Then, having sized up the defense, Holtz ordered another handoff on second-and-three with 36 seconds left, this one to Reggie Brooks, whose 12-yard gain was nullified by a motion penalty. The Irish didn't get off their next play until 15 seconds remained in the game. After a couple of futile Mirer pass attempts, the game ended, and many Notre Dame fans, who had begun booing after the handoff to Bettis, continued to voice their disapproval.
While Mirer acknowledged that the jeers of the Irish faithful "kinda hurt," he refused to second-guess Holtz. "When you're behind, you've got nothing to lose, and you go for it," Mirer said. "When it was tied, we had to protect what we had."
The last time Notre Dame protected what it had was its famous 10-10 battle with Michigan State in 1966. That tie ended up being the only blemish on both team's records that year, and they wound up sharing the national title. It's doubtful that the Irish—and Mirer—will get that lucky this season.
After Iowa had defeated Iowa State 21-7 for its 10th consecutive victory over its intrastate rival, Hawkeye senior nose-guard Bret Bielema, one of Iowa's co-captains, grabbed Cyclone coach Jim Walden's hand at midfield and said, "I've enjoyed kicking your ass the past five years." Walden was somewhat taken aback but responded, "I'm glad you enjoyed it." Later, when elaborating on his eloquent comment, Bielema said, "Coach [Hayden] Fry has the respect of Iowa. It's a Hawkeye state because of that. He's a class person, and we're class people."...
When Washington State placekicker Aaron Price lined up for a 47-yard field goal attempt against Arizona, he was under some pressure: The game was tied 20-20; there were just 35 seconds left; the Cougars hadn't beaten Arizona in Tucson in 11 years; and it has been made plain in Pullman that Washington State must win this season for Cougar coach Mike Price, Aaron's father, to retain his job. "Kick it," said the elder Price to his son as he sent him into the game. The ball sailed dead between the uprights....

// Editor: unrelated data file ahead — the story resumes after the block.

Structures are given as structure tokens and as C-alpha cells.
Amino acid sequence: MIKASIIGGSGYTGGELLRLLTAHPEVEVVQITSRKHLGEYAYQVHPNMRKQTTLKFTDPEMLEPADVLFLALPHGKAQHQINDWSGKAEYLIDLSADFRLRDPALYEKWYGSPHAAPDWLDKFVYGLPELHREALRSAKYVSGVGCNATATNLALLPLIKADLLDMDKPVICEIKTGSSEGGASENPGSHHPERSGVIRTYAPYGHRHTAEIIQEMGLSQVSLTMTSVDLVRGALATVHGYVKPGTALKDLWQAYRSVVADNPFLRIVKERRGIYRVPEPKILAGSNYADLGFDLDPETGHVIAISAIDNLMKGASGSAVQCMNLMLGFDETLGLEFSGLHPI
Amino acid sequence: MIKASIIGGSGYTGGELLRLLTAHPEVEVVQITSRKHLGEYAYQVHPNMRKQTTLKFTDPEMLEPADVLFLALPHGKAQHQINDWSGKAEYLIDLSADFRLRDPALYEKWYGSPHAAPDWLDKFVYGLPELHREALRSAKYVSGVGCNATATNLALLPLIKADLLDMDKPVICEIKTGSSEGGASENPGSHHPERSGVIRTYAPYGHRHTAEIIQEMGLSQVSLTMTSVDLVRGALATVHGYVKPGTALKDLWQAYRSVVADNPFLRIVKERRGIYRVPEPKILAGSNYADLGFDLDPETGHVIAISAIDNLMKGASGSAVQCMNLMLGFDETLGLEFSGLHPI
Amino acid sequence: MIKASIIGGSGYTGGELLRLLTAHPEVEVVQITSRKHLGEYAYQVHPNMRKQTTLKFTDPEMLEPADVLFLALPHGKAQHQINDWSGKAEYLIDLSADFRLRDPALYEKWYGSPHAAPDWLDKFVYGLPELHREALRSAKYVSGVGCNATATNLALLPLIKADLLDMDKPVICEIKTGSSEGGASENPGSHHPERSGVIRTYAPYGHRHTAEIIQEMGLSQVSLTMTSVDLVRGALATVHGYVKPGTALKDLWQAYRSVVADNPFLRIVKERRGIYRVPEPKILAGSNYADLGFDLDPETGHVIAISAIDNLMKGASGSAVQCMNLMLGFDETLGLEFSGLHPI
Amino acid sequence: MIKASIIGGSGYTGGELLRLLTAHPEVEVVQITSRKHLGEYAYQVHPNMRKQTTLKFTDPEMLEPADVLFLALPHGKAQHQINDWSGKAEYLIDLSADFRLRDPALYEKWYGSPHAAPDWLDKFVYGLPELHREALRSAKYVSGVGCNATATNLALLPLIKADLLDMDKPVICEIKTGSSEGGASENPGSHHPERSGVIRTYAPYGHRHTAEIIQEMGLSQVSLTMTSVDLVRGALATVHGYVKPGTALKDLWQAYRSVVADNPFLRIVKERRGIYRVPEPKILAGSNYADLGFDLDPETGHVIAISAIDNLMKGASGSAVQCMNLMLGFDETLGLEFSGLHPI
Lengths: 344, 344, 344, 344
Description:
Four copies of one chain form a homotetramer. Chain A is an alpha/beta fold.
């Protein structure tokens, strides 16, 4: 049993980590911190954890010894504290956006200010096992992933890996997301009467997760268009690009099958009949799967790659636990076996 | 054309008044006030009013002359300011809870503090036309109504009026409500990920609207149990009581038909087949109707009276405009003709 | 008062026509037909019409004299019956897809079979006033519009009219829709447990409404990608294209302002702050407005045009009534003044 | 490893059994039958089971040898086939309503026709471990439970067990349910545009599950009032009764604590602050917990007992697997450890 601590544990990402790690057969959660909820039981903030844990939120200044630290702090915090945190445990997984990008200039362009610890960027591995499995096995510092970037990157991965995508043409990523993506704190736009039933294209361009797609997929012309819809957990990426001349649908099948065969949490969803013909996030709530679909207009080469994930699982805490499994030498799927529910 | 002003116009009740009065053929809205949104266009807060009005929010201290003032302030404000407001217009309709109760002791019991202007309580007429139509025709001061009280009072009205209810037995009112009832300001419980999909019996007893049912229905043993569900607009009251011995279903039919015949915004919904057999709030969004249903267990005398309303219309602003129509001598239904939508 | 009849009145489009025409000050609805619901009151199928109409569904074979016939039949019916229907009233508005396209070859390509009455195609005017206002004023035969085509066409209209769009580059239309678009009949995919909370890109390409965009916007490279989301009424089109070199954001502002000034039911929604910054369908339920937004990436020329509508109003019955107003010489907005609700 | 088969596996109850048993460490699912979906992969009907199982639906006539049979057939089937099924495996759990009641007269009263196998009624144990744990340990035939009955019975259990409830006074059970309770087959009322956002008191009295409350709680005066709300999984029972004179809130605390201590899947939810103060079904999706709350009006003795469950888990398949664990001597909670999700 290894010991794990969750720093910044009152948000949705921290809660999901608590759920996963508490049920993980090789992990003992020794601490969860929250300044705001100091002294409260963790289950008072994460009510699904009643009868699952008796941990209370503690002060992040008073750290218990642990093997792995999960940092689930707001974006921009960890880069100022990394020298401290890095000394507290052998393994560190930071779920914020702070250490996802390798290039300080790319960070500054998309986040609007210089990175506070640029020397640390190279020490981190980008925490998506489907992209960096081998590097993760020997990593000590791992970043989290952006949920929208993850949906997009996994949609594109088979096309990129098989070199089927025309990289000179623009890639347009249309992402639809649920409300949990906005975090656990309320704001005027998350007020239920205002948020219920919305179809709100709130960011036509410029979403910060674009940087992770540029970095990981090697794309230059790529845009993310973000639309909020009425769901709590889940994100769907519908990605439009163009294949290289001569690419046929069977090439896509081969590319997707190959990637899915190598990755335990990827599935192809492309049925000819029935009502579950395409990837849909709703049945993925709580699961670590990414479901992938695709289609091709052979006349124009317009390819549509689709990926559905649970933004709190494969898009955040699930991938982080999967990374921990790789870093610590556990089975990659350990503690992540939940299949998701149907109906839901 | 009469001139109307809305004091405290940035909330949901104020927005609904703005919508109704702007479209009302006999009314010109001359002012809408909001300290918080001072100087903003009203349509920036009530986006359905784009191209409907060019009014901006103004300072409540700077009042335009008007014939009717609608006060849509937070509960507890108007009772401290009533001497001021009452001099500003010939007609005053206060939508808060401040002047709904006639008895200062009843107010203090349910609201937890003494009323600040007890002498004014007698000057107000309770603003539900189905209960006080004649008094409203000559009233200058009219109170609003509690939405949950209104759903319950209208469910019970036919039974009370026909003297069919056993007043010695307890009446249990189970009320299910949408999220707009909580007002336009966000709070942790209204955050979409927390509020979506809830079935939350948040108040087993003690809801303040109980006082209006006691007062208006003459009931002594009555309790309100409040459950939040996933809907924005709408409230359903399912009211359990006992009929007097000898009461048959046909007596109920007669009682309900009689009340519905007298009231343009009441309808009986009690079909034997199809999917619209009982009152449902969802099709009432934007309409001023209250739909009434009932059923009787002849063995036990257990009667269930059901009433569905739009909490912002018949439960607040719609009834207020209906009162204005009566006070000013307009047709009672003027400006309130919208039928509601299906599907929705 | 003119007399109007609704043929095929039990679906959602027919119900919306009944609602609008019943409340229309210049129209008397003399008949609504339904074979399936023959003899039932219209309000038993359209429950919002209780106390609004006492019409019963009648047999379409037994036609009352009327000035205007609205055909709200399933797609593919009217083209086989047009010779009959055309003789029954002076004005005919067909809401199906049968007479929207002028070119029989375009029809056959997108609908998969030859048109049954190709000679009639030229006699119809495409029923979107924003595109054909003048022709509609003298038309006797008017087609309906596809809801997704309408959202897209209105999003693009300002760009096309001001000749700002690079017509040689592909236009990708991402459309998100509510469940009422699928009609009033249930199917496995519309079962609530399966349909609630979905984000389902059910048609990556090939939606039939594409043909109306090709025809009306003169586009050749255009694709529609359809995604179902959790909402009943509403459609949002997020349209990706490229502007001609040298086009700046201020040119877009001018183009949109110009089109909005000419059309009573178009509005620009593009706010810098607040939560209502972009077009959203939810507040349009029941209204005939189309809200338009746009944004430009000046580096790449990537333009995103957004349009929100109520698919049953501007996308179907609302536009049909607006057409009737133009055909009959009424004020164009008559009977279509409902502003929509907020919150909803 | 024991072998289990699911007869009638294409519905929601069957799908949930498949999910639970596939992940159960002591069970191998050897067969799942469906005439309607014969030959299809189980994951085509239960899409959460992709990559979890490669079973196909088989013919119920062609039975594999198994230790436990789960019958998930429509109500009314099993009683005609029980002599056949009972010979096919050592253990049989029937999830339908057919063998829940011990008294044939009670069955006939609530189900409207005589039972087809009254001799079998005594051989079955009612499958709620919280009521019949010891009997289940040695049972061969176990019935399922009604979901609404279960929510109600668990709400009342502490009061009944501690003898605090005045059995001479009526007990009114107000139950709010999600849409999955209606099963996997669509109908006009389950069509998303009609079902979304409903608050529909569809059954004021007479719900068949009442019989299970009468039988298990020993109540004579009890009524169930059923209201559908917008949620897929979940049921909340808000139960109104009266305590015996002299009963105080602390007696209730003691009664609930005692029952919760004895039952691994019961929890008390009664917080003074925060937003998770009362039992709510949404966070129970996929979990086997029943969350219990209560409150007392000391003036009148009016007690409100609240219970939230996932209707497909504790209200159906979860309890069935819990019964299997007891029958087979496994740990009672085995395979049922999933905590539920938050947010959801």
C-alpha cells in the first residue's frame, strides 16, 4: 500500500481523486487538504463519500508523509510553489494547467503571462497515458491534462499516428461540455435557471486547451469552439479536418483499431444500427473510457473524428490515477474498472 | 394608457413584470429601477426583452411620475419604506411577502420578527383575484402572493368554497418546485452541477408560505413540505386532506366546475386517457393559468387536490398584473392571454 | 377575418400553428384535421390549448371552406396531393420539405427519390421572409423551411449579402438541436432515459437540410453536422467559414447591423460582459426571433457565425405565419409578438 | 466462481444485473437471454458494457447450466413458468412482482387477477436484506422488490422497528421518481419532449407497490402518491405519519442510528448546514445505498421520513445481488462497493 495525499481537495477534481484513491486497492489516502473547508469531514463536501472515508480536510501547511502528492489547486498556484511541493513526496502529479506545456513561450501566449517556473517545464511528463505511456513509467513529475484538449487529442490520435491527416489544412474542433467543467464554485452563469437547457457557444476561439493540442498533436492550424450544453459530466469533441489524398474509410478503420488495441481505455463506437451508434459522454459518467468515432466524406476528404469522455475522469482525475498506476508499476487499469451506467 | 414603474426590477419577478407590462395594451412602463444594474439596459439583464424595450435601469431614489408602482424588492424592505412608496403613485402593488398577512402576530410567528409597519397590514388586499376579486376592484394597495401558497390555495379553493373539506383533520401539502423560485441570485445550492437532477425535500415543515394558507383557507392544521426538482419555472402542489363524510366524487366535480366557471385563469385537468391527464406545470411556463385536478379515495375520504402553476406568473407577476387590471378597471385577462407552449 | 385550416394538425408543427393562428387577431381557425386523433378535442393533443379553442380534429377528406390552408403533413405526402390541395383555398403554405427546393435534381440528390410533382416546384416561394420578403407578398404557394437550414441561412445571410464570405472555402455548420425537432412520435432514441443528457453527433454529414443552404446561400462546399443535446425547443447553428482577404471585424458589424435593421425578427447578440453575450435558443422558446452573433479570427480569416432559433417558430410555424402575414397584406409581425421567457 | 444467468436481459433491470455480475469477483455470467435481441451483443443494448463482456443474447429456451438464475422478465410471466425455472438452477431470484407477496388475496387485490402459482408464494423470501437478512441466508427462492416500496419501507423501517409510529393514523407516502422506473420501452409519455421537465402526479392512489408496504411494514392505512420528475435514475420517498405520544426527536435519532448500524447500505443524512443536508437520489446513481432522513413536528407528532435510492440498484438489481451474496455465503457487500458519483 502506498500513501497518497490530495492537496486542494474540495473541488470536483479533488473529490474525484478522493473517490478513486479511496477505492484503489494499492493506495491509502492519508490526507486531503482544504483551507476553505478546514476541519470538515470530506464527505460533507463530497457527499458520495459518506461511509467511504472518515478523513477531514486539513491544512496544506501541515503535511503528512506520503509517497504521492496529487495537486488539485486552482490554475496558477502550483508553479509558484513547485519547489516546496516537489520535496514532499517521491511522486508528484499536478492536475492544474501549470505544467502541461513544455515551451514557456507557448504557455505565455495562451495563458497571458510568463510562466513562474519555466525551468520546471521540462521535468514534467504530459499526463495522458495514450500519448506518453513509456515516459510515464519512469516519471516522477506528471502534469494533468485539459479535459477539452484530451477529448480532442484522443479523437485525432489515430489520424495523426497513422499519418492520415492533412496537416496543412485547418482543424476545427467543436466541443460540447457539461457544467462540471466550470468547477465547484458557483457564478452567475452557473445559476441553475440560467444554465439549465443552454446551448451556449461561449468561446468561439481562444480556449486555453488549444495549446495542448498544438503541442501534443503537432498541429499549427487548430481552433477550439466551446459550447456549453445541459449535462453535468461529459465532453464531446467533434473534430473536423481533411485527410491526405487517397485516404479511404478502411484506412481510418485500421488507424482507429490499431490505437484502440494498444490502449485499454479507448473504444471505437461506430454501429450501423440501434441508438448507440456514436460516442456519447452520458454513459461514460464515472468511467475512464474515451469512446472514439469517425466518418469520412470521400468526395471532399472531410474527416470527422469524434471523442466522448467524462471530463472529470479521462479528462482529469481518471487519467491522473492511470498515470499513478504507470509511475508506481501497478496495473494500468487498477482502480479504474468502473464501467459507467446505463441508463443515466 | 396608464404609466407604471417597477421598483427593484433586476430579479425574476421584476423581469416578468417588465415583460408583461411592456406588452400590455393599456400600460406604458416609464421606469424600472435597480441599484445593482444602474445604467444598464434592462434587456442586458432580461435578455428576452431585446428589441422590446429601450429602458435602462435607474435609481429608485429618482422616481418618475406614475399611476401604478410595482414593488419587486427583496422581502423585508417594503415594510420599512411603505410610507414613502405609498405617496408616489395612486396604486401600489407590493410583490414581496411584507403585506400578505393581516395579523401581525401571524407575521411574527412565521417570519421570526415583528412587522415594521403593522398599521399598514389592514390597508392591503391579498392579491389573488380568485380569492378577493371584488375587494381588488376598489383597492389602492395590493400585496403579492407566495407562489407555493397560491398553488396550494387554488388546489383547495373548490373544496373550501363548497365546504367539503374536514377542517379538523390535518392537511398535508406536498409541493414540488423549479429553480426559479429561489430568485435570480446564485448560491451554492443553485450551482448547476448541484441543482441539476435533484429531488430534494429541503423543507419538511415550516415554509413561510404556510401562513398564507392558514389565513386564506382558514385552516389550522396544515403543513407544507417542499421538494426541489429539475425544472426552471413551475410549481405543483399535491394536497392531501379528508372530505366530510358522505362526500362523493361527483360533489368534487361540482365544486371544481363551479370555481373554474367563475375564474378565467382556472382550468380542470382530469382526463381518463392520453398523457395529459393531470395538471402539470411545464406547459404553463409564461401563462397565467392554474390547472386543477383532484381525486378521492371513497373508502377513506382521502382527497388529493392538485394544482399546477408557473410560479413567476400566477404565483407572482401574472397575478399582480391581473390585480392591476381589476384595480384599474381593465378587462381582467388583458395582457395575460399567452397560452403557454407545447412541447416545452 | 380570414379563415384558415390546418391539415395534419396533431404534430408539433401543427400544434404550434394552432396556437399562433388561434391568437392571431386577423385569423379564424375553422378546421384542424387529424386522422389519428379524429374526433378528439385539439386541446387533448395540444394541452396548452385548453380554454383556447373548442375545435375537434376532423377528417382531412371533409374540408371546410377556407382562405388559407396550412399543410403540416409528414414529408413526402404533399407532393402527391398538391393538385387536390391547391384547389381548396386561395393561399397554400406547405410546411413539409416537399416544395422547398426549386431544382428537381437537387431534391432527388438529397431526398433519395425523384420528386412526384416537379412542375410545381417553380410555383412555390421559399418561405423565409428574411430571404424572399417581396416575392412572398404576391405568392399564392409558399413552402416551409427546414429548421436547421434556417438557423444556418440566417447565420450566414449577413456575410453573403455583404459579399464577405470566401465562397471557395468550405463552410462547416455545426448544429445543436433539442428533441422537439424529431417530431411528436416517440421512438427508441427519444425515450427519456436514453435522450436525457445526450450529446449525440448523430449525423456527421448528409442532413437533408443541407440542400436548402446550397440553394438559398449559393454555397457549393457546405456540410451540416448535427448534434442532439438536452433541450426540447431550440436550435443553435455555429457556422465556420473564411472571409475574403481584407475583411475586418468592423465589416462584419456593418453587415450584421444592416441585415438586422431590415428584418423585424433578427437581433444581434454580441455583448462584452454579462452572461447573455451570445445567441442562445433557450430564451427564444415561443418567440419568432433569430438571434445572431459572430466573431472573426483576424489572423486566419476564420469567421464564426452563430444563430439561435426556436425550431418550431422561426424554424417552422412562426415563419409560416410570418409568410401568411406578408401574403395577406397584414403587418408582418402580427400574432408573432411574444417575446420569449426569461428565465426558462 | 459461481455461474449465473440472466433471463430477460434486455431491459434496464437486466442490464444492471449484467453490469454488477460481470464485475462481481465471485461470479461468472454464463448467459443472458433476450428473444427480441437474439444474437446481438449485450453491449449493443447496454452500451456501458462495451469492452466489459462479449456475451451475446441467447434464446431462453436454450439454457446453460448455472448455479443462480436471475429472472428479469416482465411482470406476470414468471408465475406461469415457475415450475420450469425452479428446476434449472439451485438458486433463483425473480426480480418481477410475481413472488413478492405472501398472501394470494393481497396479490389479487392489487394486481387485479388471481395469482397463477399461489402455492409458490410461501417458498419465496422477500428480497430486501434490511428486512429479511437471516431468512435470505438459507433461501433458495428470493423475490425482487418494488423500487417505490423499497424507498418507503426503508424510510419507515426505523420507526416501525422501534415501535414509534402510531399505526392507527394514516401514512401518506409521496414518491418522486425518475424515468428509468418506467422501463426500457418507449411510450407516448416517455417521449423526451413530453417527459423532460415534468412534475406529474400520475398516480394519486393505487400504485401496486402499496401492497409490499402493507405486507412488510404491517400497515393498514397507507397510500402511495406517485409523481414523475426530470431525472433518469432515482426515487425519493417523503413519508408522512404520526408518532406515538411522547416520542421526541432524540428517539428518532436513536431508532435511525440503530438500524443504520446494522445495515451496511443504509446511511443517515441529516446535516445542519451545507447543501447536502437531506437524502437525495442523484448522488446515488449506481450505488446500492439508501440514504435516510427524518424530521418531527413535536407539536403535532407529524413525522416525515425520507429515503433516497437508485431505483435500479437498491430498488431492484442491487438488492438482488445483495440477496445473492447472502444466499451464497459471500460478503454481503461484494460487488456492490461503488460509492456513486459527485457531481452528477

Before this season Penn State coach Joe Paterno told friends that Boston College might be the sleeper in the East this season. The Eagles have made Paterno look good, going 2-0 for the first time since 1987....
The winning touchdown in Idaho State's 24-20 upset of Boise State was set up by a play that came straight off the sandlot. Remember how, on a kickoff, everybody would bunch together and then take off in different directions, trying to confuse the tacklers? Well, in the Idaho State playbook, that's known as The Globe of Death. The guy who kept the ball, Robert Johnson, returned it 50 yards to the Boise State 42....
After firing Gerald Kimble as Southern University's football coach at the end of last season, athletic director Marino Casern hired coach Houston Markham away from Alabama State. Or at least he thought he did. While Casern was planning a press conference at Southern to announce the hiring, Markham returned to Alabama State to clean out his desk. Instead, Markham decided to stay and reneged on his agreement with Southern. Casern went ahead with his press conference anyway but announced that he was coming out of retirement to coach the team himself. His first opponent last Saturday? None other than Markham and Alabama State. Casern knew a good coach when he almost hired one: Alabama State beat Southern 30-10.
PLAYERS OF THE WEEK
Colorado sophomore quarterback Kordell Stewart completed 16 of 17 passes for 251 yards and three TDs in a 57-38 win over Baylor. He left with an ankle sprain after the first half.
Purdue senior linebacker Eric Beatty made 16 solo tackles and recovered a fumble in the Boilermakers' 41-14 upset of California. Bear running back Russell White was held to 79 yards.
University of New Haven tailback Roger Graham, a sophomore, rushed for 298 yards on 18 carries and scored five TDs in the Chargers' 69-48 win over the University of Buffalo.